Kadence smiled, looking over the vast rolling hills of sun soaked wheat. Her hair waved in the wind and the world seemed to pause to give her innocent beauty notice. Palestine approached from behind with soft footsteps, coming to watch the same glorious picture.

“It’s… without comprehension.” Kadence couldn’t stop herself from grinning wider. She stared out over the world, built over billions of years of evolution. Palestine put his hand on her shoulder, his tall figure dwarfing hers even as she stood on tiptoe to see over the waves of wheat in the horizon. His mouth moved to speak but at the last moment he let her perfect words sustain. He smiled, brushing fingers through her hair. It wasn’t the scene that made the mood so divine. It was everything leading up to that moment.

“I thought you’d like to hear the announcement before they shut off the Net, but this is much more peaceful.” Palestine tilted his head while she cradled herself against his chest. The world had become perfect.

“No,” she said. “I wanted to be here, the world has finally finished its journey. There’s no need to go back to the city now, Palestine. We should celebrate here, the celebration of ten years ago. A decade since the day they stopped all war.”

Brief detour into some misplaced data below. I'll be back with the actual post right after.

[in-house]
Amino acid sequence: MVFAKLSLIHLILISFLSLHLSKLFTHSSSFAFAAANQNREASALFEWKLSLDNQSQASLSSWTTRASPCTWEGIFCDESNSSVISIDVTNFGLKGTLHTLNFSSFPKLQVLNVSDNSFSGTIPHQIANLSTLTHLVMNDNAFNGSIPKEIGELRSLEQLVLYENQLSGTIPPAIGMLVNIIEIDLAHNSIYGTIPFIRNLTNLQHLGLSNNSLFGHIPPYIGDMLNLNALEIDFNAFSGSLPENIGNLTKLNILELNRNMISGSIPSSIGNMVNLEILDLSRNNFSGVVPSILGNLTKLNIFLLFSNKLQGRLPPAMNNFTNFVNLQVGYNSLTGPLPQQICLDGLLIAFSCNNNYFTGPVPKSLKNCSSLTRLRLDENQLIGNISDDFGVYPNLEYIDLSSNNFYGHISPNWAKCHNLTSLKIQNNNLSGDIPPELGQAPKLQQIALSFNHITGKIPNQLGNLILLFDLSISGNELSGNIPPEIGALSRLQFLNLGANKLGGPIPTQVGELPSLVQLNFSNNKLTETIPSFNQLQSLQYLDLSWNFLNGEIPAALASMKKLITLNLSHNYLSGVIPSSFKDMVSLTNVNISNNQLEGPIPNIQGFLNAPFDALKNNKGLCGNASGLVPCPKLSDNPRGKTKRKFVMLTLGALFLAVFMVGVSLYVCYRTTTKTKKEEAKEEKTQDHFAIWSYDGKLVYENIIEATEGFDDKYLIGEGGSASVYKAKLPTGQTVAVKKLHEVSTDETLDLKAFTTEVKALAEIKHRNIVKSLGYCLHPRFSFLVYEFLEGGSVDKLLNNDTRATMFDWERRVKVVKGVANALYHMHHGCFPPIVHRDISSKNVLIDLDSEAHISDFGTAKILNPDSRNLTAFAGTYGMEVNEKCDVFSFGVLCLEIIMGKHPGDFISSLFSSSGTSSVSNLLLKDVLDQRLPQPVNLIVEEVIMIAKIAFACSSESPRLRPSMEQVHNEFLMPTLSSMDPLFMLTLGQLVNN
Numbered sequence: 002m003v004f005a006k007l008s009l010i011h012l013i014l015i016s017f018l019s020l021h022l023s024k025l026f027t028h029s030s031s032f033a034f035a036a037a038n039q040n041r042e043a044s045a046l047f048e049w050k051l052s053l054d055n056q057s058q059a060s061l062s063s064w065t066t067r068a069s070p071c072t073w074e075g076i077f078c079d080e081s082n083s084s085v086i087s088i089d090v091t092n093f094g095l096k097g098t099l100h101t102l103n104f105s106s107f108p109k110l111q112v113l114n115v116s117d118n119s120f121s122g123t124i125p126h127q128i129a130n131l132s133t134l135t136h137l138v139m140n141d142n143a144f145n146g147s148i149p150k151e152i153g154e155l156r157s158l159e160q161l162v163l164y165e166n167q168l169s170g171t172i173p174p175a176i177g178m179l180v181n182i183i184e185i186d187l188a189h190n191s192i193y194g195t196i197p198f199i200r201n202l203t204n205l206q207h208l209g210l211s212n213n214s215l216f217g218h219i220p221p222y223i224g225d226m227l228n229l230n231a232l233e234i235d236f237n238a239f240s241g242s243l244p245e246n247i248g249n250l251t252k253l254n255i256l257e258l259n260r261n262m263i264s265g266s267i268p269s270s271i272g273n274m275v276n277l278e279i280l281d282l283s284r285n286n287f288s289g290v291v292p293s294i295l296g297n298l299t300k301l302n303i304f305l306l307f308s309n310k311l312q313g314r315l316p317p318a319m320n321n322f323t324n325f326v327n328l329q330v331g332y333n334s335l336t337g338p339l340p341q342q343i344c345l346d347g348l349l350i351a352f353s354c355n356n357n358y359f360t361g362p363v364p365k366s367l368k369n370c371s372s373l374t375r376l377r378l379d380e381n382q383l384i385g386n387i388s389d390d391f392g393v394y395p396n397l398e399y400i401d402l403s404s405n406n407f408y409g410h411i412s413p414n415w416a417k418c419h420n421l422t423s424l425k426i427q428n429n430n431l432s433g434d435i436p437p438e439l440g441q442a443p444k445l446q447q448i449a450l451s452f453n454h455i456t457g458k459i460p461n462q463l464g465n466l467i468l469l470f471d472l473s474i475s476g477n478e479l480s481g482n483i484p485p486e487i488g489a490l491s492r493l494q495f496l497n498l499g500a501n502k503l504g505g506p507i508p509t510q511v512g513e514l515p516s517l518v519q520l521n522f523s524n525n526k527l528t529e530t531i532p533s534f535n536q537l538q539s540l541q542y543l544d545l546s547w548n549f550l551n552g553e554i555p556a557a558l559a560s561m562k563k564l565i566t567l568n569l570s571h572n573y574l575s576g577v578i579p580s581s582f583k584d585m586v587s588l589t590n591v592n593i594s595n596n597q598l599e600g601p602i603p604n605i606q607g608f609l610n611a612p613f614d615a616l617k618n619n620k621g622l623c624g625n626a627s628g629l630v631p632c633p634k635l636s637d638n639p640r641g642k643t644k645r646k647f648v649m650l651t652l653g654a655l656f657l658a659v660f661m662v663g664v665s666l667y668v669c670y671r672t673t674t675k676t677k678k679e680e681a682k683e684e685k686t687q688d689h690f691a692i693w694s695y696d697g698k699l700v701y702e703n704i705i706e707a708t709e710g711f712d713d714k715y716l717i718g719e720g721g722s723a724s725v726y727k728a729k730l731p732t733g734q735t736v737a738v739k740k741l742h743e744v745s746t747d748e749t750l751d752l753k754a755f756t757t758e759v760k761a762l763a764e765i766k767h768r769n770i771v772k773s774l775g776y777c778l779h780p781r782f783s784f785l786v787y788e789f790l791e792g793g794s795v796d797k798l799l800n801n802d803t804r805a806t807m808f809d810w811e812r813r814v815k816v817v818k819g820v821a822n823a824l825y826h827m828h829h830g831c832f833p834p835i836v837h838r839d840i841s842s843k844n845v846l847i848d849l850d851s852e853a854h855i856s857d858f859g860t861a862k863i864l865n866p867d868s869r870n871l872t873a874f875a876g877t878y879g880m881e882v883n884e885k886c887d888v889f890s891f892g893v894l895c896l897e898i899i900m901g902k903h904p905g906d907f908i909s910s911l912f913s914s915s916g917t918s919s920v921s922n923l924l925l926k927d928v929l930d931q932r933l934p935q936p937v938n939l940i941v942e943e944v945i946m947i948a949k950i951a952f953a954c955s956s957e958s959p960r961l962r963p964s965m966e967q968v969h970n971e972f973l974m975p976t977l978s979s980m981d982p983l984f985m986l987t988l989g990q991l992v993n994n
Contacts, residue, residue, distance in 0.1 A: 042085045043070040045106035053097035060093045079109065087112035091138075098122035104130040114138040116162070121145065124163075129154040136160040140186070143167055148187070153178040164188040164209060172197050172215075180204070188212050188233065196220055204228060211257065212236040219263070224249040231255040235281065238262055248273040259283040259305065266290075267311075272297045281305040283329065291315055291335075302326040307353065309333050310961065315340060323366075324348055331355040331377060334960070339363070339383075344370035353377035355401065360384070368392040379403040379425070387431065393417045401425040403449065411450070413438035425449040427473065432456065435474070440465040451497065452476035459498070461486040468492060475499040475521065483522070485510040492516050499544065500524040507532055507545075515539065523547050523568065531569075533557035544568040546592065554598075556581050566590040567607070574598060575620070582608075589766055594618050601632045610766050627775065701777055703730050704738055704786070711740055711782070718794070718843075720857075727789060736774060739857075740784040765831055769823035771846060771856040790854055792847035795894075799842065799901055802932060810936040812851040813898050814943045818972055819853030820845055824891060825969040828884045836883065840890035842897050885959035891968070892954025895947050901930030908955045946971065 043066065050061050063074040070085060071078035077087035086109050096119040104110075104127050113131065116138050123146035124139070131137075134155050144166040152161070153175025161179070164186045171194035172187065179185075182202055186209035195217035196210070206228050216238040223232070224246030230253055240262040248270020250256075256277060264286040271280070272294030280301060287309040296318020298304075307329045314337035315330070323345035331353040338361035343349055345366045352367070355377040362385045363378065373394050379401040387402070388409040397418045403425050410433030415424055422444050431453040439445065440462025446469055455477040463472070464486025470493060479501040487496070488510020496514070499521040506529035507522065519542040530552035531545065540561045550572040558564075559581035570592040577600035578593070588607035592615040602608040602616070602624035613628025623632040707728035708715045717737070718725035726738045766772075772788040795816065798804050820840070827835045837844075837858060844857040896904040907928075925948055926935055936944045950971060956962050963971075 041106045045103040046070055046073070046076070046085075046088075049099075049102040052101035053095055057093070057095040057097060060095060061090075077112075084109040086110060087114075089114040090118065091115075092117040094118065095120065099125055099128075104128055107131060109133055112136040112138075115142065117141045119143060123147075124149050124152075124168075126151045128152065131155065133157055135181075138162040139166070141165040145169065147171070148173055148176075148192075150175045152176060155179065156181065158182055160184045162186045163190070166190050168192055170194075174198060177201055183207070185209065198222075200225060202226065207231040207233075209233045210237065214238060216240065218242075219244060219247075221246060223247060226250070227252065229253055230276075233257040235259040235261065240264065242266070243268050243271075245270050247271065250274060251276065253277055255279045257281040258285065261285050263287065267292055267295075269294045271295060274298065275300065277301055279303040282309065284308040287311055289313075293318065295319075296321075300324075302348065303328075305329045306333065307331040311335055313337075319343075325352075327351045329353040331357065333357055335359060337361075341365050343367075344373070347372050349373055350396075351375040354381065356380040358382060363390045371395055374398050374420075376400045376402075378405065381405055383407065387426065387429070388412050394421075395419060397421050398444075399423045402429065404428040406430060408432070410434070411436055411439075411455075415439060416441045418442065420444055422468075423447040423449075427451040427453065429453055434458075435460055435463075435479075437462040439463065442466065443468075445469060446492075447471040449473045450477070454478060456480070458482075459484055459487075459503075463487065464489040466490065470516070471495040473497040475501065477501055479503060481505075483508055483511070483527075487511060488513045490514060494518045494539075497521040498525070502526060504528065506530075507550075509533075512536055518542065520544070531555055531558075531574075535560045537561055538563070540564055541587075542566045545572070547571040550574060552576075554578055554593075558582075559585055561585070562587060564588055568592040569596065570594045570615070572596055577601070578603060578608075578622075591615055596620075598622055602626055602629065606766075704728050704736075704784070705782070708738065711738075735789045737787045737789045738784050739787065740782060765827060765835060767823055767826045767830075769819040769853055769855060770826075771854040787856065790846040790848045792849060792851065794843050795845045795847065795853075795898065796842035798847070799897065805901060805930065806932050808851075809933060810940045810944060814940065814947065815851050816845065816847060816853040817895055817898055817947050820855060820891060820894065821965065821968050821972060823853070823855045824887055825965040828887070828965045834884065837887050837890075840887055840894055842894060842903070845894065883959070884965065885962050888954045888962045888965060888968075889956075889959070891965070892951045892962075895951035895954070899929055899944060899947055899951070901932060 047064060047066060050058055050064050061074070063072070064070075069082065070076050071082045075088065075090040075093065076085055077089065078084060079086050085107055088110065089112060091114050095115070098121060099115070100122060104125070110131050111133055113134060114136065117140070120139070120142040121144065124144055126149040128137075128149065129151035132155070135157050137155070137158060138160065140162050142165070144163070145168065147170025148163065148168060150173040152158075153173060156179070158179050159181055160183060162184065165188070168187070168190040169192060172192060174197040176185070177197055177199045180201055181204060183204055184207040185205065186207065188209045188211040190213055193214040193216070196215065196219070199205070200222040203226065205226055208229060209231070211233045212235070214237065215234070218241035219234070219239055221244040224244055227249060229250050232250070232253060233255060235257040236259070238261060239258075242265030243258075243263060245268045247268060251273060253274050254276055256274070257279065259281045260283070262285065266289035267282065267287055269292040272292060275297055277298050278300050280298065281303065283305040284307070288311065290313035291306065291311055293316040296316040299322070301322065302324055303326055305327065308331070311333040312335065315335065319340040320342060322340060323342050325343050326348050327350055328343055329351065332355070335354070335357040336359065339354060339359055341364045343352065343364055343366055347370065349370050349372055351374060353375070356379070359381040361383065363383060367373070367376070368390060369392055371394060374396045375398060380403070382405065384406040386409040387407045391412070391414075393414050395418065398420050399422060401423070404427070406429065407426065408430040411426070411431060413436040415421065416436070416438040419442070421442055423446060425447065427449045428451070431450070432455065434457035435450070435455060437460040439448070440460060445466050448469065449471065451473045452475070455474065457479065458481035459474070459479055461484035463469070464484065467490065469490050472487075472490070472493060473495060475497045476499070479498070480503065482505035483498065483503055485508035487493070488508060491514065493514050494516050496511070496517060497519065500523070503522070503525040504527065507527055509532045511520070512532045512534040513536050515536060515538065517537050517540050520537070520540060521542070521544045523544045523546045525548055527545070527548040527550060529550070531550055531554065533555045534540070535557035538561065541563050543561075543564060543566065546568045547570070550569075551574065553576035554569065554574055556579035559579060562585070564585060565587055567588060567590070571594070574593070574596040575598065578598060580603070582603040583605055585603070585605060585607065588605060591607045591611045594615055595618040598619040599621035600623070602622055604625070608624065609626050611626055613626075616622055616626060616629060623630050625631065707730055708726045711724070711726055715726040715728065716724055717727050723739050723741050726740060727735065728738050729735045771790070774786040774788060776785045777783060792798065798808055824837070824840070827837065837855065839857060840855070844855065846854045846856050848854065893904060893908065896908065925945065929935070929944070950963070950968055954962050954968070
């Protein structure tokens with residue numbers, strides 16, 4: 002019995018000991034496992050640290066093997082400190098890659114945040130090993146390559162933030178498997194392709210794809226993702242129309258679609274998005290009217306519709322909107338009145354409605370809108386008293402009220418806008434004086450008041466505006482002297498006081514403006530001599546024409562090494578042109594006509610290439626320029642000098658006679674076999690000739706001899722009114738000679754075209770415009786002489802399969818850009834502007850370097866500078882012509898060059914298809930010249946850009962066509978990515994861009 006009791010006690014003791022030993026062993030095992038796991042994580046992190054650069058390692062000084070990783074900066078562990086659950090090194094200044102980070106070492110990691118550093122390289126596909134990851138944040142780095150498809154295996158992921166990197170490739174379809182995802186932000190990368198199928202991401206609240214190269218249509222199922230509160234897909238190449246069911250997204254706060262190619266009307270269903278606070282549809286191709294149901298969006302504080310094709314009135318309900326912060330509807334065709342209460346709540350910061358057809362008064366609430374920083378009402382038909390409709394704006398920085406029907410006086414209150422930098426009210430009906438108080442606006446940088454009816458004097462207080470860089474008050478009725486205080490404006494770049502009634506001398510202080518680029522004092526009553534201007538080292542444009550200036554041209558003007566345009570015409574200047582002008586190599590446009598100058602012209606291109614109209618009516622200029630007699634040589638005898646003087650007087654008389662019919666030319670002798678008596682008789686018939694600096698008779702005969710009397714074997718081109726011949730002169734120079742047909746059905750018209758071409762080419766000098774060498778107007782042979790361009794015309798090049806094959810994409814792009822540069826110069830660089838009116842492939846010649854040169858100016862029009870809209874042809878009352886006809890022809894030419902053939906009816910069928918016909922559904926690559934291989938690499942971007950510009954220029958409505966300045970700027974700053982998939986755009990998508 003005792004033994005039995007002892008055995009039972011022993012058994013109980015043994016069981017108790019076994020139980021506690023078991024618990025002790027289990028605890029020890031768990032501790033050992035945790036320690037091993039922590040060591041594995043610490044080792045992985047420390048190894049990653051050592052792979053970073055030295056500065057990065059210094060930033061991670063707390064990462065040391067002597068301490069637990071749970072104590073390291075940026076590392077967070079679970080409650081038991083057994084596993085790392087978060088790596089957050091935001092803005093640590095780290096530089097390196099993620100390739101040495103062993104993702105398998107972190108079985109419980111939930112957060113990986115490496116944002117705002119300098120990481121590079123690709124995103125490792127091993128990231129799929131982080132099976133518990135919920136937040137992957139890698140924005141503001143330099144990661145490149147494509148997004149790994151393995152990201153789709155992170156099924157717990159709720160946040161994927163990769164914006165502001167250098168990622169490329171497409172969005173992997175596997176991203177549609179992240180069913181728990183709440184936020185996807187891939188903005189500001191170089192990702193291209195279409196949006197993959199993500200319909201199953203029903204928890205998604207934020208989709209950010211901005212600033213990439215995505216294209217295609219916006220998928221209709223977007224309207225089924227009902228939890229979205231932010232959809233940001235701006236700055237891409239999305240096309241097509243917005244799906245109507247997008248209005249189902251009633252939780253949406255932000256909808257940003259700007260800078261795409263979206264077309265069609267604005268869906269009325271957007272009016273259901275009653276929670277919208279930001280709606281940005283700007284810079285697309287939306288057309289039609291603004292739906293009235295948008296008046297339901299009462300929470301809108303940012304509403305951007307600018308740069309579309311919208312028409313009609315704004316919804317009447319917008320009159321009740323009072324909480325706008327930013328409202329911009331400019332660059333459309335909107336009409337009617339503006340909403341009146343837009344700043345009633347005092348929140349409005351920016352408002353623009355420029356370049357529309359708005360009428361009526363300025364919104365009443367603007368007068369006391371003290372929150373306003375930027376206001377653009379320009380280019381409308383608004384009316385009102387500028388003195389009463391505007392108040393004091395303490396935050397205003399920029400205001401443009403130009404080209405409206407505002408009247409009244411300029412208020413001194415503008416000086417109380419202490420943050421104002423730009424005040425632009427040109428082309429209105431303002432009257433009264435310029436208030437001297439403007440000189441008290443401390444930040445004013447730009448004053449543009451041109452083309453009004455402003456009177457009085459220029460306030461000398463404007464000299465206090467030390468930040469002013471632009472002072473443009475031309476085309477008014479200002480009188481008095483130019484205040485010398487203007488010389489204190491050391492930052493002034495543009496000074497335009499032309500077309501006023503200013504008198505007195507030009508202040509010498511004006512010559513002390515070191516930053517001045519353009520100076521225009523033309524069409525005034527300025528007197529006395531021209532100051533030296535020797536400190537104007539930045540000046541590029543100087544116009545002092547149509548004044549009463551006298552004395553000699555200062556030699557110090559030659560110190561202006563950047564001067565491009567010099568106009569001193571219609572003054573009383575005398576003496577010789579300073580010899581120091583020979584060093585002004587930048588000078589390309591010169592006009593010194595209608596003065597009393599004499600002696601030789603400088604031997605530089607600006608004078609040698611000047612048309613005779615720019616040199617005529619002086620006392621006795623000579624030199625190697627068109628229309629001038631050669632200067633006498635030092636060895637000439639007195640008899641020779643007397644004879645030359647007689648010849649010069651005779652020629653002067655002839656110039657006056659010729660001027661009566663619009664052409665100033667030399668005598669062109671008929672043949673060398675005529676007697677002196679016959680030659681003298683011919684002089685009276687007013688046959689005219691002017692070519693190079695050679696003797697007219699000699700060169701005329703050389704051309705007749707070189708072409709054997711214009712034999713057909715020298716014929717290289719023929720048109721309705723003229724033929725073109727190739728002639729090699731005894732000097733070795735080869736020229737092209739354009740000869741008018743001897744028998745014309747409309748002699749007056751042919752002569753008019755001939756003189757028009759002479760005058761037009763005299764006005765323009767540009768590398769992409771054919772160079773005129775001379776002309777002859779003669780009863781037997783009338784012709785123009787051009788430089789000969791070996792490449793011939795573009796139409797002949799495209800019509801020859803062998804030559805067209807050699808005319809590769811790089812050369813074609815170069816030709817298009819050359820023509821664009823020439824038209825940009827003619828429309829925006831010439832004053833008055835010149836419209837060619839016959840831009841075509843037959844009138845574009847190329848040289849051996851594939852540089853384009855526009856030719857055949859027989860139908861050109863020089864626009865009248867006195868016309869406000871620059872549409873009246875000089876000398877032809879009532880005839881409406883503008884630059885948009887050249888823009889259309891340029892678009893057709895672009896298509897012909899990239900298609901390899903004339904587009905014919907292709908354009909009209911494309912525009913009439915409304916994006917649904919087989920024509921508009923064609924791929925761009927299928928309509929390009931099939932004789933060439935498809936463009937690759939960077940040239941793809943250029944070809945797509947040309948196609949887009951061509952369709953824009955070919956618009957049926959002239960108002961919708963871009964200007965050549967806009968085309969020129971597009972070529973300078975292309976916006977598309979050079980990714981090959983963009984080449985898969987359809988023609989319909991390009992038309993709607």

Palestine nodded and happily continued her recounting of events, “When they found a cure for all ailments.”

Kadence raised her head up, her hand resting at the base of his neck, her sea-green eyes transfixed and adoring. “When everyone took down their flags, and the world became one nation.” She paused and then let out a whisper, “When the hunger, and anger ceased to be.”

His voice was soft in the calm breeze, “When the religions closed their churches, their temples, all their doors. When God was one and the people became the same underneath him. Nothing more.” A tear slipped over Kadences’ cheek at his words. Her warm body pulsed, a perfect heartbeat of serenity. No stress, no hesitation about the world around her, she was as peaceful as the first moments of sleep.

Palestine’s chest rose with a sigh under her cheek. Something was stirring in them, a flame so bright that it was overpowering. Their hearts, their very souls became as warm as the heat of the sun. Palestine cupped her chin, tilting her head back. He looked into Kadence’s wet eyes, her tears falling onto the soil beneath them.
“Today is the last day,” he said. “They have disbanded all organizations, and they have told us to prepare.”

“What have they said, Palestine?” She looked up, her eyes curious. His expression was a mixture of emotion. He stroked her cheek lightly with the edge of his thumb. She closed her eyes in response, nodding gently. “Then it is done.”

“It’s done. It will start once more, ages from now, without us.” His words were lost to Kadence. She could barely make out his lips moving. In that field on that day, they died with the rest of the world. Trees fell to dust, insects became smoke, and even the smallest virus was brought to oblivion. Everything living and existing ceased to be.

Except for one, deep within the now-still lifeless ocean. It began once more.